Ecological and Social License not key to new site

There was an article published recently in the Northern Life ( where Allan Coutts was quoted on a few topics during a visit to Timmins. In this article, I found one line quite interesting. (Click here to read the entire article)

There are three key factors he said have to be right: the site, the commercial agreement with the current owner of the site, and the partnership with the city.

It’s interesting that the only three factors are ‘the site, the commercial agreement […] and the partnership with the city.’ What I don’t see as being important are the environmental impacts and social licenses.  Keep that in mind.

Other quotes to dissect are.

Wherever the smelter is built, during construction, he said there will be about 500 people involved. Once it’s operating, it will mean between 300 and 350 fulltime jobs.

The argument for ‘jobs’ is an interesting fact, when we see the number of jobs seems to change with every article written about this plant.  Think of how far technology has gone and will be in ten years. Then comparing other similar facilities which operate with less staff than these projected numbers I find it really interesting that these numbers are floating around and seem to be so dynamic.

Once it is up and running, he said there is enough ore to run for more than 100 years.

This is another one I hear often. I don’t question that there are 100 years of ore in the Ring of Fire. I do however question the economic viability of that ore. No major mining conglomerate cares about it at this point. Cliffs invested billions in its operations in Canada and produced zero profits. Everyone in Sudbury, including the mayor and other City officials claim they went bankrupt. The company, whose stock soared 10% after abandoning it’s Canadian projects and seeking creditor protection on only its Canadian Operations also saw a 432.3% stock growth. To put it in perspective. In that same time, market leaders $VALE saw a 131% gain while $RIO and $BHP saw investor returns of 32% and 38%.

It’s clear that the street and worldwide conglomerates have spoken about the ring of fire. Instead, Ontario and Canadian taxpayers will pay $1b in public money to pave a road for a Junior Miner outfit with a market cap worth $120m. To put that in perspective, Cliffs has a market capitalization of $2.7b. Vale, $282b, Glencore $55b.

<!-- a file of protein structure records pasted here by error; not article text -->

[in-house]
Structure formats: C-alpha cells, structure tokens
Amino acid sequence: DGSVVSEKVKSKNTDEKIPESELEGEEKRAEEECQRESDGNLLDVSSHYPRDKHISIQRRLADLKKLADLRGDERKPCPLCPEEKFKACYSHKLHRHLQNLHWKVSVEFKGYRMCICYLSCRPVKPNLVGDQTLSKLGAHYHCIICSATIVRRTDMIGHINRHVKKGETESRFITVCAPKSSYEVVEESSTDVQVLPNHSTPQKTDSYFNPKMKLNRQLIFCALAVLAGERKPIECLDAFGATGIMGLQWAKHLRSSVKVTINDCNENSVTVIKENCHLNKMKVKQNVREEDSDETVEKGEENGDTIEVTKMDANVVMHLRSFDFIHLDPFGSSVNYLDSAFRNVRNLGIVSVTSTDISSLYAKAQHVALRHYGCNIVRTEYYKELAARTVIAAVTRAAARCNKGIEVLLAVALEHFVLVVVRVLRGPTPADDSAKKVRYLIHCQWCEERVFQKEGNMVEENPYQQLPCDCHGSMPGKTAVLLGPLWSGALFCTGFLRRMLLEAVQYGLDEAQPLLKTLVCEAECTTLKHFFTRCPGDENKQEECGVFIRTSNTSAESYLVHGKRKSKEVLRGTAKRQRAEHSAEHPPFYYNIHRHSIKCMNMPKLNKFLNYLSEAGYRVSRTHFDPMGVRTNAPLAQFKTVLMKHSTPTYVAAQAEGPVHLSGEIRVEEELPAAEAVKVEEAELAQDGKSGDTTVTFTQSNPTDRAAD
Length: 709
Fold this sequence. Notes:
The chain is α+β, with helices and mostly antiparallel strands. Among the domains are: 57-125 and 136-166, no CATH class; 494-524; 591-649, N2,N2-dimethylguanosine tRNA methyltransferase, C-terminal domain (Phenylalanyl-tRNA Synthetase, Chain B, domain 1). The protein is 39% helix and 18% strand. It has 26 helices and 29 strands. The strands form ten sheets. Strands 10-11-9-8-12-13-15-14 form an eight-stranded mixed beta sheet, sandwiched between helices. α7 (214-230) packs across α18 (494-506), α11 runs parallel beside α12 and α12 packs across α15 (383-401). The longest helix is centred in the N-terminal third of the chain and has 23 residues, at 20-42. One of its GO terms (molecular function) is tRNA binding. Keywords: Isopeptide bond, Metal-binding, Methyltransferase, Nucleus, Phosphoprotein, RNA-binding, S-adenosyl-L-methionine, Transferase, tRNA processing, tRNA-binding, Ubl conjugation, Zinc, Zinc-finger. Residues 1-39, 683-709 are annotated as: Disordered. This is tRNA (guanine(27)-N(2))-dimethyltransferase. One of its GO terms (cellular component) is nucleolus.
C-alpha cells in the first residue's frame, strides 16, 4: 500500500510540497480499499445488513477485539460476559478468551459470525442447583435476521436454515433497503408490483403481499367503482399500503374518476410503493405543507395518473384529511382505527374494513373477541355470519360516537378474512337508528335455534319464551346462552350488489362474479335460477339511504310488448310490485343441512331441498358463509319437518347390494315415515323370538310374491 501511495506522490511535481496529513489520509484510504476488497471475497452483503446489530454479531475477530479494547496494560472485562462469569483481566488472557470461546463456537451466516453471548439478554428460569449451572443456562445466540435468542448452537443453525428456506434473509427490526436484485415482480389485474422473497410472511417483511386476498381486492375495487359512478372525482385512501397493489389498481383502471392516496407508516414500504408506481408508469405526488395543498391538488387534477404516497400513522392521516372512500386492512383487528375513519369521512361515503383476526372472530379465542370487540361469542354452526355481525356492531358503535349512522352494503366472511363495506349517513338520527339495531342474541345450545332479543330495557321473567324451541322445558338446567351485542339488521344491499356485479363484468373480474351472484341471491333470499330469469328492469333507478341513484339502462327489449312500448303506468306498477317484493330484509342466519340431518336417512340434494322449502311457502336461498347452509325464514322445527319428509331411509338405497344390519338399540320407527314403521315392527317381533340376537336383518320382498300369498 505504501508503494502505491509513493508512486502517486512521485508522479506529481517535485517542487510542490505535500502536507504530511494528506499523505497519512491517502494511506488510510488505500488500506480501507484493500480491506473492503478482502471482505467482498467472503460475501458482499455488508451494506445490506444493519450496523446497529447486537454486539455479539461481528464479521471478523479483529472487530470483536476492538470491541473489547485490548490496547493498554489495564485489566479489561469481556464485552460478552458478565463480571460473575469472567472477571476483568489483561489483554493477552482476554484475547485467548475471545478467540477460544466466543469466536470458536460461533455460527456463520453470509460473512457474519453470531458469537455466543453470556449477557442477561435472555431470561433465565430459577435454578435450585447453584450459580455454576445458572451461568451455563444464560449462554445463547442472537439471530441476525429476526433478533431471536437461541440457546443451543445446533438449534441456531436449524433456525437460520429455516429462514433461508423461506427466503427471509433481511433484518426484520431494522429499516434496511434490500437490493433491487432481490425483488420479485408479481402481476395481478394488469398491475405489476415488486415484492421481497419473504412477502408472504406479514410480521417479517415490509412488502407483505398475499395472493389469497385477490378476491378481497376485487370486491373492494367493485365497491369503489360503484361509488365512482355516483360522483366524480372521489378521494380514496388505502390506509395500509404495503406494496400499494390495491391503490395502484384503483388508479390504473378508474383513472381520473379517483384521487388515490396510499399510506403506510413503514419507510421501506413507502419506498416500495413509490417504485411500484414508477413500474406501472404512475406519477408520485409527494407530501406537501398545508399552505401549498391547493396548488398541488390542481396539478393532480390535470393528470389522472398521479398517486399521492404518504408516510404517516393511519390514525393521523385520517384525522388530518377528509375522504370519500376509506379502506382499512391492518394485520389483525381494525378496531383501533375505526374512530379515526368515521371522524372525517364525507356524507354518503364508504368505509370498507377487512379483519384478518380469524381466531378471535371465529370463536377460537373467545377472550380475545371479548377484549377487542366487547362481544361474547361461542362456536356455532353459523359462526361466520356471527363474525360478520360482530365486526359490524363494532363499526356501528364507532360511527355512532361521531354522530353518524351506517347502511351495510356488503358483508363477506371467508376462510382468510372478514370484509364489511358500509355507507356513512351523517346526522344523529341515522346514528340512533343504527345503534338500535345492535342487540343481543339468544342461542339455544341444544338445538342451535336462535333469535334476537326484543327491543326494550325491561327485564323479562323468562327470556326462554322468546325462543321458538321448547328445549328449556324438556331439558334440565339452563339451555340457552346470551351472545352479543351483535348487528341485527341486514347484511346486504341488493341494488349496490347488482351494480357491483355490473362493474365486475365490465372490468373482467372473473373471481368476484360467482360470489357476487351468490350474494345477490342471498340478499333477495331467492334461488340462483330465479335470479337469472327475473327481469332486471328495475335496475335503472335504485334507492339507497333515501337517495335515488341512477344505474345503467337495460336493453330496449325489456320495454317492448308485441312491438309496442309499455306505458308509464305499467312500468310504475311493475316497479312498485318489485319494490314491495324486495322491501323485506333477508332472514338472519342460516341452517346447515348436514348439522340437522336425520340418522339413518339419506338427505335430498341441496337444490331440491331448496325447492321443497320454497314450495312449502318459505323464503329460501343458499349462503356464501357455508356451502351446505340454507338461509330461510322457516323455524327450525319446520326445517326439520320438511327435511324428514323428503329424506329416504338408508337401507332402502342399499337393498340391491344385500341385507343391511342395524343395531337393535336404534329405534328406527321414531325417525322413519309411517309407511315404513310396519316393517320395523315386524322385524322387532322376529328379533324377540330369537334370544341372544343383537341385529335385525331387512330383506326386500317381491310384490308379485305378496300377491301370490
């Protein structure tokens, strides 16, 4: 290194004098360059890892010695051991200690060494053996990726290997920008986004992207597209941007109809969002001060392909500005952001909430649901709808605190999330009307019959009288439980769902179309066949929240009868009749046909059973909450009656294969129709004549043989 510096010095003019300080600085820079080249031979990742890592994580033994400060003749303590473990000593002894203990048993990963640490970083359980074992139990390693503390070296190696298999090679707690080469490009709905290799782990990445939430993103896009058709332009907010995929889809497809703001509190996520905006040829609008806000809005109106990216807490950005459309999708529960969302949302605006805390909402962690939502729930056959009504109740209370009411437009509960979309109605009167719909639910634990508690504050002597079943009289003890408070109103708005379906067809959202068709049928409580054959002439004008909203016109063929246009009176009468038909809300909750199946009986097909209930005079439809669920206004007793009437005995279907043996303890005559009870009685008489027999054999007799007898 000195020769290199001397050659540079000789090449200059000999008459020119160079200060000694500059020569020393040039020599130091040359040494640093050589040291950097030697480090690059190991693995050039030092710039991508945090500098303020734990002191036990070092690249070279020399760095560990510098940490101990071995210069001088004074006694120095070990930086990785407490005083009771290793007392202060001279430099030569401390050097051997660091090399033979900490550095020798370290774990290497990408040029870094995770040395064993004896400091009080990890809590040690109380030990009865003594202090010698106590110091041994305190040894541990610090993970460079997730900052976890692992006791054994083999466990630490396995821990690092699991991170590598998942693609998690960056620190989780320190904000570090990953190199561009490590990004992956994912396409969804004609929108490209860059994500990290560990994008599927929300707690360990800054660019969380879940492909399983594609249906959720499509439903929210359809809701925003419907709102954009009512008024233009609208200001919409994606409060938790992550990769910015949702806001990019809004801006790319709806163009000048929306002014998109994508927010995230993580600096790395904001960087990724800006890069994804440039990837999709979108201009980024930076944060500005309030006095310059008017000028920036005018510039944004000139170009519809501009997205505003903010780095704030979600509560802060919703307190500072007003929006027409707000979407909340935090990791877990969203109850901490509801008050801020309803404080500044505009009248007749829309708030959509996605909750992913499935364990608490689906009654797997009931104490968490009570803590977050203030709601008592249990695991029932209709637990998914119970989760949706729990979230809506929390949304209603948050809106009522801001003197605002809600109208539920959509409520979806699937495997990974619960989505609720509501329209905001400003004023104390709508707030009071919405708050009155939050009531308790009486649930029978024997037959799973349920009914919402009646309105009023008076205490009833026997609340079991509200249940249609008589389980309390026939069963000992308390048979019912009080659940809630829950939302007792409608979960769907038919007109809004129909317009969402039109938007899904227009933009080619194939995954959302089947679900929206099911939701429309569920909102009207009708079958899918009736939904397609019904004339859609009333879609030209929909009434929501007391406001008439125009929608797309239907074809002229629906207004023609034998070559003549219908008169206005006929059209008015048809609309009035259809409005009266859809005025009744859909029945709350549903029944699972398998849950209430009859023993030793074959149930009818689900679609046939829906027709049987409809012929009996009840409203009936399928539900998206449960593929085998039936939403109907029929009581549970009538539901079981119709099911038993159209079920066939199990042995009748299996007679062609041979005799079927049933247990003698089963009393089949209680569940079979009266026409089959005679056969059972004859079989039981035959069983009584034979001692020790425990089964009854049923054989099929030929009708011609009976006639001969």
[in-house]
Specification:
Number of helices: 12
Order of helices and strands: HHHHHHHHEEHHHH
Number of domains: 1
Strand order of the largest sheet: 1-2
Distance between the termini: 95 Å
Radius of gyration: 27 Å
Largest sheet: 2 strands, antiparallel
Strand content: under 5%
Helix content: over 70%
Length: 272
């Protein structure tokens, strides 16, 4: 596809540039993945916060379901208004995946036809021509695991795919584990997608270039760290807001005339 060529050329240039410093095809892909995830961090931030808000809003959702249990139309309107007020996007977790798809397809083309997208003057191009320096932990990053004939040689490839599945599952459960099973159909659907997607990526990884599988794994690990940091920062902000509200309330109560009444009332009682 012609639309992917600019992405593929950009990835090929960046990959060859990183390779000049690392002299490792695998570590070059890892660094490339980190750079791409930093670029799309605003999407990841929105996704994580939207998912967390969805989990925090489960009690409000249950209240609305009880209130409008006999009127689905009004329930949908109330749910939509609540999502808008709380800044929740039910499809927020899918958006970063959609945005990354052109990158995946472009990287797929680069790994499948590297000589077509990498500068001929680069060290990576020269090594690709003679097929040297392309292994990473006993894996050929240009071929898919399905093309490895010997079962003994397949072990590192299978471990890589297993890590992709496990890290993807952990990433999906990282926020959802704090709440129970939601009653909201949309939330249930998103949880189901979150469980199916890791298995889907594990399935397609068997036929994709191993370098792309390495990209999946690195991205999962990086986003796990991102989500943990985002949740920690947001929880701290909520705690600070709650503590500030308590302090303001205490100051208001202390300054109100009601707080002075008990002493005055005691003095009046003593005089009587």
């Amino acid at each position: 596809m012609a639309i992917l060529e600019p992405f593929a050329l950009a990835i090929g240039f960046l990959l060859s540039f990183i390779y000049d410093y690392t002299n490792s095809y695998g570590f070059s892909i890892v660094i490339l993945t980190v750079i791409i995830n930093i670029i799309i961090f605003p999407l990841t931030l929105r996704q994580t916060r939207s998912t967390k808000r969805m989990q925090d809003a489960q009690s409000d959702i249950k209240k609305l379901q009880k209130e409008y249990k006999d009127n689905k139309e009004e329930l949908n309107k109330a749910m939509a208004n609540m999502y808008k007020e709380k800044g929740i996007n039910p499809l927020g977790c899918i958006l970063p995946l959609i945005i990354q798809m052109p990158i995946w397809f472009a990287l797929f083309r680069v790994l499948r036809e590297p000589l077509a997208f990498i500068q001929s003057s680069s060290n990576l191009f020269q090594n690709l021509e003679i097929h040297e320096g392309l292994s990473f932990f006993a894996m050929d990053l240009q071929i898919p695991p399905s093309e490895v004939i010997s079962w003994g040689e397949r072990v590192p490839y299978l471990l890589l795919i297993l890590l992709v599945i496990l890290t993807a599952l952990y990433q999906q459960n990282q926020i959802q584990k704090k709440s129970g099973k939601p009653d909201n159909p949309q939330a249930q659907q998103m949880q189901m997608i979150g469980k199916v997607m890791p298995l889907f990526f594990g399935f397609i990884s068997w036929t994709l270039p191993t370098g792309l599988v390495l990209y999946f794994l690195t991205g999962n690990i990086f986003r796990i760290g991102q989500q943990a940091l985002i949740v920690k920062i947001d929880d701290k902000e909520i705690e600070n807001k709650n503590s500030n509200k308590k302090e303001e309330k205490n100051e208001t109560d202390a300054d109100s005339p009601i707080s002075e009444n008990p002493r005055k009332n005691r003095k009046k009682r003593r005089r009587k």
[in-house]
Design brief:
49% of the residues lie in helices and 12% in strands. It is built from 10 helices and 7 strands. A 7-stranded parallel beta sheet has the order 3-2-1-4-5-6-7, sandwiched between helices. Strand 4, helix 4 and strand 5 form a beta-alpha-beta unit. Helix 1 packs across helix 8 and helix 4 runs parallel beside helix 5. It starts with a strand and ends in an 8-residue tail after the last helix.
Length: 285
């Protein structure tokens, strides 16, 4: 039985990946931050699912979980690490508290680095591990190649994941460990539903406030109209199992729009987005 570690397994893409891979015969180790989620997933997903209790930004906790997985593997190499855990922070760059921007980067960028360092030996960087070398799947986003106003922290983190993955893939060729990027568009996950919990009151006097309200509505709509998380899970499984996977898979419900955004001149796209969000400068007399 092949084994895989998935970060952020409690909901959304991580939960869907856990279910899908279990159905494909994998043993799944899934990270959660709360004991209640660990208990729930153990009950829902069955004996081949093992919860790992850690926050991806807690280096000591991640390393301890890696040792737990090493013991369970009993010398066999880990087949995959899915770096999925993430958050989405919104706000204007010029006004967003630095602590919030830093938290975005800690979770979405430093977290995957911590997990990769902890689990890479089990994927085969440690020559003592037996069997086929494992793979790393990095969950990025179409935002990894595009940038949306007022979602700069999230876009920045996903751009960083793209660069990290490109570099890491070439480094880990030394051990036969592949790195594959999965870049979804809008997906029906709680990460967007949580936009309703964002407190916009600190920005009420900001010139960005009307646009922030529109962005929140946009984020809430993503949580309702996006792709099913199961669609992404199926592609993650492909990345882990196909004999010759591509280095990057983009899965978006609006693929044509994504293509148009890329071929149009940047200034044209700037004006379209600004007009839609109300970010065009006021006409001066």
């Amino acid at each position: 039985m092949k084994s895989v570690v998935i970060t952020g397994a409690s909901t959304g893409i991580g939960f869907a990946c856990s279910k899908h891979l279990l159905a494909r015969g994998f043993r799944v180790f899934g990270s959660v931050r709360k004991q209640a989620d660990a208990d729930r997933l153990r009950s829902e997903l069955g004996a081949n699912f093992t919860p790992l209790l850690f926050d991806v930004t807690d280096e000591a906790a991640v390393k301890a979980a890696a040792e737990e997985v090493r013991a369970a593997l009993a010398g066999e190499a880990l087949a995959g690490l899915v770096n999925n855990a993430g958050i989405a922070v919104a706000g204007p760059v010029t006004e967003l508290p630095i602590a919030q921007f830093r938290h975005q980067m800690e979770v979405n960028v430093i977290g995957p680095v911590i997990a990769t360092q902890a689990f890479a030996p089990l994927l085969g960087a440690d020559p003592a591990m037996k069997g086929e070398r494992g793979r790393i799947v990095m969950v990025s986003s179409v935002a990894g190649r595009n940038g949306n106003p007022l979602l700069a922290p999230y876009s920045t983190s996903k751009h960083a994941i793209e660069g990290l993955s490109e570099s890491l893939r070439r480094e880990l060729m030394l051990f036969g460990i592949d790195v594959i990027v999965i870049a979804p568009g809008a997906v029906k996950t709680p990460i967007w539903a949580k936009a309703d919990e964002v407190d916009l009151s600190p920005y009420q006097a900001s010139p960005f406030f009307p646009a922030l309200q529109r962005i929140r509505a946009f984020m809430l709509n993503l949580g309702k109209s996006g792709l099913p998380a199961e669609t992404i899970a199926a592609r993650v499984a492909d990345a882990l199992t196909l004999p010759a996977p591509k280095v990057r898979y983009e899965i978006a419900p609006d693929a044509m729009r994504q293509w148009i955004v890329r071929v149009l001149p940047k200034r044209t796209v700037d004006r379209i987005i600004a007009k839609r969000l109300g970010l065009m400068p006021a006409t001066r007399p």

Note that Glencore produces about 2 hundred million tons of ferrochrome a year and has been active in ferrochrome acquisitions in recent years. It’s clear they don’t see any viability of the Ring of Fire.

What appears to be happening here, is that Noront is trying to leverage the Ring of Fire’s “ferrochrome” potentially inflated information in order to get a road that will get their Nickel ore out of the Eagles Nest camp and potentially other Nickel sites. This would lower the cost of their Nickel transportation positioning themselves to make a good profit on that metal as it’s suspected to sore in prices by 2020 when it’s projected that by then, Lithium Ion batteries will be made up of 80% Nickel. This one is already going to be smelted in Sudbury.

I’m not quite sure where the other Billion dollars will come from to build the ferrochrome processing facility, I suspect again, from subsidies and more public money. This makes me question the entire economic viability with so much public money and public assistance as the stake to run such a facility.

What I do know however is that Northern Ontario will be short 70 000 skilled workers as our aging workforce continues to retire. There is, will be no shortage of skilled labor JOBS in Northern Ontario. Two billion dollars of public money could create far more than ‘300 to 350 jobs’ in other sectors.  Canadian expansion from Amazon, Samsung is creating thousands of jobs, we need to start investing in attracting and retaining talent in the north.

Leave a Reply